In a survey of 218 hospital staff conducted this month, nine out of ten hospital infection control and laboratory personnel across the nation cite inappropriate use or misuse of broad-spectrum agents and the need for swift determination of the infecting organism as susceptible or resistant as top concerns. MicroPhage Inc, Longmont, Colo, which develops bdiagnostic tests for accelerated bacterial identification and antibiotic susceptibility, commissioned the survey.

Hospital personnel are especially concerned about these issues in treatment of S. aureus bloodstream infections (SABSI), for which the mortality rate is 23% to 36%. SABSI allows only a small window of time to administer optimal antibiotic therapy to prevent a possible deterioration to sepsis. The vast majority (87%) agree that SABSI’s are among the top concerns at their institutions.

Nearly all respondents (97%) say that knowing the antibiotic susceptibility of the infecting organism in treating SABSI’s is extremely or very important and 96% cite the importance of determining if the infecting organism is methicillin-susceptible (MSSA) as well as methicillin-resistant (MRSA). In addition, 91% cite the need to optimize therapy away from broad spectrum agents such as vancomycin when treating S. aureus infections.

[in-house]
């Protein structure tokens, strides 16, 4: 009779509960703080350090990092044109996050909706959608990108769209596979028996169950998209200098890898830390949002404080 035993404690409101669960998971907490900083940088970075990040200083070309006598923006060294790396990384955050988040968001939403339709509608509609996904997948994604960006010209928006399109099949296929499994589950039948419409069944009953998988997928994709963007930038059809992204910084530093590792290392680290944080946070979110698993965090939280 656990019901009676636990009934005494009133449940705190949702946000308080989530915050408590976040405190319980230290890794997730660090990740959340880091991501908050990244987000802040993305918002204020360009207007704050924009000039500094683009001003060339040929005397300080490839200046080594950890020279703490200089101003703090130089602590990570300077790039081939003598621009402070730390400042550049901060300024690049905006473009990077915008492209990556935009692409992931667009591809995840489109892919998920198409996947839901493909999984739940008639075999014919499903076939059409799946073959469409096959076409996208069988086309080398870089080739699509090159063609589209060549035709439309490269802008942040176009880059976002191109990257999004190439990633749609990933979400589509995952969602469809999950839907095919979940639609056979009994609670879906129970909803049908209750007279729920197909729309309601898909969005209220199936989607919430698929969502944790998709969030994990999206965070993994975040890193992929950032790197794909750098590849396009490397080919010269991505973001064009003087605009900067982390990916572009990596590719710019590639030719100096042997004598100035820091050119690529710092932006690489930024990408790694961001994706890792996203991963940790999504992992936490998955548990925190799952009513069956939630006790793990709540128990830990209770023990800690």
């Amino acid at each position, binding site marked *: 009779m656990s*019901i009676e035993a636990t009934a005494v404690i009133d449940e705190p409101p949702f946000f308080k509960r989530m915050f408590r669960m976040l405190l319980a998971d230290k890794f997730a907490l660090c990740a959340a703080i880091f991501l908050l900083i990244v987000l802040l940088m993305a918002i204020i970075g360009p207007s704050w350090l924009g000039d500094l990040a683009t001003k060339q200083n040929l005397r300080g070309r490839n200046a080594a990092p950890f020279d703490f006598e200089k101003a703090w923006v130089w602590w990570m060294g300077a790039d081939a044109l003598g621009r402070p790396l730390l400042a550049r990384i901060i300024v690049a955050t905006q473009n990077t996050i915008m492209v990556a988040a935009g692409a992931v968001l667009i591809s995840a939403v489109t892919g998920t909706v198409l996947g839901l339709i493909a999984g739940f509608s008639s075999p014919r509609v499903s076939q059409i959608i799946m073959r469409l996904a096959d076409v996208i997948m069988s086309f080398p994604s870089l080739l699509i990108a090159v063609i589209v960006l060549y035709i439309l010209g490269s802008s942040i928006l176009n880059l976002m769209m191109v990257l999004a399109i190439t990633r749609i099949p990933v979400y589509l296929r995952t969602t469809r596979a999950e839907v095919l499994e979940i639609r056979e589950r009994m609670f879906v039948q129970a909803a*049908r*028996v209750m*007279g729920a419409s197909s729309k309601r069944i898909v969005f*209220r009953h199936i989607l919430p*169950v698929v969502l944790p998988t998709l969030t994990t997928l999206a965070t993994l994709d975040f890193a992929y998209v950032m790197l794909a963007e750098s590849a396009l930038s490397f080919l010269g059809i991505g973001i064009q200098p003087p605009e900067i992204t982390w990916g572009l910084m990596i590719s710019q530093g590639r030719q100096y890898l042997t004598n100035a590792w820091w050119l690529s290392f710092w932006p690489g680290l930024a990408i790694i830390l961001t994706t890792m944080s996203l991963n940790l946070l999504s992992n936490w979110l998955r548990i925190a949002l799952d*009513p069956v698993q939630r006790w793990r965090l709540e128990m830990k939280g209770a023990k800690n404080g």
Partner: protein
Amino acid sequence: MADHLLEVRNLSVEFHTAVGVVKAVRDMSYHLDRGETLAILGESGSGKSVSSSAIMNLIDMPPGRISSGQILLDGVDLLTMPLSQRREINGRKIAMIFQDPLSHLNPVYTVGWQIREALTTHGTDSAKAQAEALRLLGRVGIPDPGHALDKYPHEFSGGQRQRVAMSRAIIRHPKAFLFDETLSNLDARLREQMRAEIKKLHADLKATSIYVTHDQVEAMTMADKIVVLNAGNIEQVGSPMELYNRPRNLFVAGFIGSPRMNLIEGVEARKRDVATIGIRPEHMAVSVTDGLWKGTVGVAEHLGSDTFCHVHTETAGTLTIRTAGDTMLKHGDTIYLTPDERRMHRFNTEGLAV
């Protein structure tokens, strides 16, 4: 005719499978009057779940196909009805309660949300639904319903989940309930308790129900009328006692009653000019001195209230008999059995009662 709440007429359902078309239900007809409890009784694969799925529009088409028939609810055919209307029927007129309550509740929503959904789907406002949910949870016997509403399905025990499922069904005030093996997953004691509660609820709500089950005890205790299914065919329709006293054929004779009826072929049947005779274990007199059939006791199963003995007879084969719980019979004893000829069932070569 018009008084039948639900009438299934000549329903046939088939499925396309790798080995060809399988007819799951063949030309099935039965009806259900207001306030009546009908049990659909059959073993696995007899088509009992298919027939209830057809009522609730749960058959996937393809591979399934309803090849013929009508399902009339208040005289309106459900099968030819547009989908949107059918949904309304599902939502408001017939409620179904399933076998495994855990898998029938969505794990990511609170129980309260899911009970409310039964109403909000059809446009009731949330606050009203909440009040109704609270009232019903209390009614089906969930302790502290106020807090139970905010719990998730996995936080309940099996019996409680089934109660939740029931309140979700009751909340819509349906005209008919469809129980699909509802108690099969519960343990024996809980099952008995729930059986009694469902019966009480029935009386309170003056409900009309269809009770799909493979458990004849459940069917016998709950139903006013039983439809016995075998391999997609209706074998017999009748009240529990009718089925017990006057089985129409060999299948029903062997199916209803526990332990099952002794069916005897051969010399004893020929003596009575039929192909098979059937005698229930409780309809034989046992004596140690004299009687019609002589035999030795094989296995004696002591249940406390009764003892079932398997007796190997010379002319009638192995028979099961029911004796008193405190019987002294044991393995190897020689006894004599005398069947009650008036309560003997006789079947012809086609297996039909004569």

Most (96%) agree that information regarding antibiotic susceptibility needs to be made available to clinicians more quickly than typically happens in current practice. Nine out of ten (90%) say that optimizing patient therapy before final microbiology results are available is extremely or very important in treating SABSI’s. These results typically require three days of test workup. Most feel that availability of antibiotic susceptibility results on the first day of disease could impact cure rates (84% agree) and shorten patient hospital stays (87% agree).

“The survey results reflect what infection control staff know: That the sooner we can distinguish MSSA from MRSA, the sooner we can put the patient on optimal antibiotic therapy and the better it is for the patient,” stated Dr. Jack Brown, Assistant Professor of Pharmacy, Medicine and Public Health at The State University of New York at Buffalo. “Use of innovative products like KeyPath that provide earlier susceptibility results have the potential to save lives.

[source: MicroPhage]